With power in the hands of the consumer, the whole marketing model had to change.
A paradigm shift became evident in marketing—and in entertainment and related industries—that recognized a core insight: The consumer is the same person across the various channels. Whether on a cellphone or tablet, a desktop or laptop computer; whether using a voice-activated device, riding in a car, or viewing content on a streaming service, the consumer is a consistent person. Lagging a bit in time, L&D is coming to the same realization: Consumers and learners remain who they are, no matter which device or technology they are using.
What this has meant for marketing—and what L&D can learn from marketing—is that the audience expects to be able to pick up any device at any time and experience a seamless interaction. While the delivery needs to be native to the particular technology and platform, the experience on one device must influence the experience on the next device.
Take gaming as an example: A person starts playing a video game on her/his desktop, then switches to a smartphone. The points, the level in the game, the place in the game where s/he left off should all pick up on the phone at the exact point where they left off on the desktop. However, the interface—the appearance, the navigation method—would differ based on the device. For example, a mouse or joystick might control certain movements on the desktop, while the player would move the entire phone to achieve the same or similar results.
The parallel in marketing is with data: The data collected on one platform, website, retail location, or social platform will be used when the same consumer is encountered on a different platform, website, etc. The person on the other side of the screen is the same person, no matter where on the web they are or which device they are using. (Learn more about using data to inform eLearning design and development and to drive outcomes at The eLearning Guild’s Data and Analytics Summit, online August 22 and 23, 2018.)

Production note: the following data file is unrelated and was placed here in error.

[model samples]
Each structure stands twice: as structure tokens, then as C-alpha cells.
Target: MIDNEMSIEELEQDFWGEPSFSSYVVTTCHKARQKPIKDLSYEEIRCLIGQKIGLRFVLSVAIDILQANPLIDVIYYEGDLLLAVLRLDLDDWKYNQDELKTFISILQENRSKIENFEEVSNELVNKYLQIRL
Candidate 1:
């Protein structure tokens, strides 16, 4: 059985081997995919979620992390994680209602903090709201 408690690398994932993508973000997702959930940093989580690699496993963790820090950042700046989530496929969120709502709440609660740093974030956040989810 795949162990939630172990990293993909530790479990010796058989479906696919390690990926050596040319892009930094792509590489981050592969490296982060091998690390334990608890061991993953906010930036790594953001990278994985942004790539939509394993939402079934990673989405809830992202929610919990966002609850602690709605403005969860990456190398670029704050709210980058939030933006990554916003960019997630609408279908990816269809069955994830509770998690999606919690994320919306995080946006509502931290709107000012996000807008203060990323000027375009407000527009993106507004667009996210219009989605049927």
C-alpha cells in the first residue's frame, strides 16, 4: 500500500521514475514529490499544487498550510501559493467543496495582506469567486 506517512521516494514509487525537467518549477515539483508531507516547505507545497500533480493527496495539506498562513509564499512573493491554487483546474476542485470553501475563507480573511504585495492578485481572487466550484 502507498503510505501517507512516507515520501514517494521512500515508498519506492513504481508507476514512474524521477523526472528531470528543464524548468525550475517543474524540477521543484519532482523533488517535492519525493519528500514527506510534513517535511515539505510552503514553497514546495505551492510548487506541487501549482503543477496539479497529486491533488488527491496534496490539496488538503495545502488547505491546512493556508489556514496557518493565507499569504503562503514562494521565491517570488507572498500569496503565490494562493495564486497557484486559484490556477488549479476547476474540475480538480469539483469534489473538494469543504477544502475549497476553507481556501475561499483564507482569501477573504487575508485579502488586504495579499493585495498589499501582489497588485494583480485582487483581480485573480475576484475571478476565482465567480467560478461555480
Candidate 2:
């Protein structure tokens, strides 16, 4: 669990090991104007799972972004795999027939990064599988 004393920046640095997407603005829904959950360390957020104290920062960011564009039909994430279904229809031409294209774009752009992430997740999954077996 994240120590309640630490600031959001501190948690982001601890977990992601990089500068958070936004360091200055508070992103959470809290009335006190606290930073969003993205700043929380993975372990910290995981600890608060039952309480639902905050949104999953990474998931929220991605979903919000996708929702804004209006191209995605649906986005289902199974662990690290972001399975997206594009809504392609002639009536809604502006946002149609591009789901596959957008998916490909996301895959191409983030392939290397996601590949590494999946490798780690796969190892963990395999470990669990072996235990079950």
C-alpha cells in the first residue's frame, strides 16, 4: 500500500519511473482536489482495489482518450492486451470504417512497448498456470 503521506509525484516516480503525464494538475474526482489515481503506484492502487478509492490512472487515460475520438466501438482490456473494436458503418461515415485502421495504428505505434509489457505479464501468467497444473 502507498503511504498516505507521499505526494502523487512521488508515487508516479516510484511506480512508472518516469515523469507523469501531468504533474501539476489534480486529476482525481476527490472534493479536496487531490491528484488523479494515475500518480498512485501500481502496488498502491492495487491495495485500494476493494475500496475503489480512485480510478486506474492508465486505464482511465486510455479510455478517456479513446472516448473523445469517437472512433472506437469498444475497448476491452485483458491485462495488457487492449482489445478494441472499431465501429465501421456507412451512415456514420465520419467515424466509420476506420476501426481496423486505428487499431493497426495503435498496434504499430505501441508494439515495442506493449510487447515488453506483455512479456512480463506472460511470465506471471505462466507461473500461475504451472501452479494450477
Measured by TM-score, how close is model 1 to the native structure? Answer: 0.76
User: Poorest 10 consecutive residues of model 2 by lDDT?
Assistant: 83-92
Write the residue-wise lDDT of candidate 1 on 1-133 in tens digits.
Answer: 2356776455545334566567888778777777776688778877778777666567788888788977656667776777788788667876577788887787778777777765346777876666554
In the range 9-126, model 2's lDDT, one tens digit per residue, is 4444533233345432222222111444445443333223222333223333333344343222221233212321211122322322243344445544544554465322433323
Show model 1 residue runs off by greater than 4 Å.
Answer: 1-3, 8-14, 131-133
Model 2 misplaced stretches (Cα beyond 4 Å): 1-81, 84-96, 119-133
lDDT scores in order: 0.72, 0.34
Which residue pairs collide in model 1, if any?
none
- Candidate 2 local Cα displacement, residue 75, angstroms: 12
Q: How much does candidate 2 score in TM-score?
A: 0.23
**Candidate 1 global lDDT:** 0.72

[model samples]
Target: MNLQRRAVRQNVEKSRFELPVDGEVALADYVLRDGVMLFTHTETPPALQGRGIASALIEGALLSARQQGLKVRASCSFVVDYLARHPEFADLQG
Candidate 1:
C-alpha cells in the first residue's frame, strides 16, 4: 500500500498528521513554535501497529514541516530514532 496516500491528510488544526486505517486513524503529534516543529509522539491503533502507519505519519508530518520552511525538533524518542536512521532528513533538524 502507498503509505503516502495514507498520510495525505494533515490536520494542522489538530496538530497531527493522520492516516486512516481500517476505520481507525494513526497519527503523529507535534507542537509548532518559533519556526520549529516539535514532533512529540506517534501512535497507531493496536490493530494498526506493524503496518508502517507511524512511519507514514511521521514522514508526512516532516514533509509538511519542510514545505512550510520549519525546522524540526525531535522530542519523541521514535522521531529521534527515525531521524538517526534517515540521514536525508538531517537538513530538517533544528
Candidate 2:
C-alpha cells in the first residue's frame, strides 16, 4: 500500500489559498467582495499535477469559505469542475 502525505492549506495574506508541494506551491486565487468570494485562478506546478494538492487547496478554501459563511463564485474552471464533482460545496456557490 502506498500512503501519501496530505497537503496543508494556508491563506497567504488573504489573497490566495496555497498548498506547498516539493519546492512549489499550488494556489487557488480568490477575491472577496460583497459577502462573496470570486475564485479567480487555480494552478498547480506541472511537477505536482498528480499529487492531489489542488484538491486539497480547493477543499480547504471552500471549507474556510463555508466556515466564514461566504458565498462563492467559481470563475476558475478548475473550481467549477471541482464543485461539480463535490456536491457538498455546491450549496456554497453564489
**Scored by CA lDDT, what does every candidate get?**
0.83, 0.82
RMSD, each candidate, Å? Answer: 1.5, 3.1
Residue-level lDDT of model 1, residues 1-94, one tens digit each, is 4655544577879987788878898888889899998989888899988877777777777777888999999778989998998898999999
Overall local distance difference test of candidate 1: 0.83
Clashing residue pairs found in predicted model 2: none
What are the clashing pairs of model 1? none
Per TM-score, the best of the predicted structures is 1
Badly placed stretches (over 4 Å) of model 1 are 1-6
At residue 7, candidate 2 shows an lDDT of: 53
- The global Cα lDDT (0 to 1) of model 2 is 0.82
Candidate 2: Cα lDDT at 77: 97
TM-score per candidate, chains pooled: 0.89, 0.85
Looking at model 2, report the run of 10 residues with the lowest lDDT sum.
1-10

The user’s voice now matters much more than the brand’s voice. The dynamic has shifted, based on user attention. What is the user’s desire? What attracts and interests them—what do they “pull” or choose to watch or click? Marketers track previous user behavior and decisions and then craft content accordingly. While marketers still educate consumers and promote desired behaviors, it is the user’s preferences that matter more, rather than the marketer pushing a specific voice. The subject is now the user, not the brand.
This consistency of experience across devices and platforms and emphasis on the user experience is described as omni-channel marketing. This description of omni-channel marketing sounds a lot like the corporate digital learning paradigm. That’s no accident; this new eLearning model is based on learners’ behavior and expectations as consumers. They remain the same consistent individuals across learning platforms as they do across media and consumer platforms, and the ways that we develop and deliver eLearning are changing to serve those consumer-learners.
Therefore, an omni-channel eLearning model is needed. An omni-channel approach must go beyond enabling learners to resume a course in the LMS where they left off. Allowing access on multiple platforms is also insufficient. L&D professionals need to apply what they know—and what they can learn from marketing professionals—about introducing, reinforcing, and evaluating behavior to devise ways to bridge and combine platforms to achieve a better learner experience.
Omni-channel learning must:
- Be native to the various devices learners use
- Reflect the typical experience on those devices and how people interact with them
- Inform each experience with data from the previous experience
- Create a seamless cross-platform learner experience
- Combine individual learning experiences into a coherent learning path
Omni-channel eLearning starts with the needs and desires of the learner—not with what the manager or company wants to share. Improving learner engagement begins with understanding what people find engaging; with TV, gaming, and other forms of entertainment, the focus is on what people define for themselves as engaging and choose to engage with. Consumers’ preferences, their influence on what is created, and their power over what they consume impact not only their level of engagement but also their ultimate behaviors. Digital learners—omni-channel learners—are no different.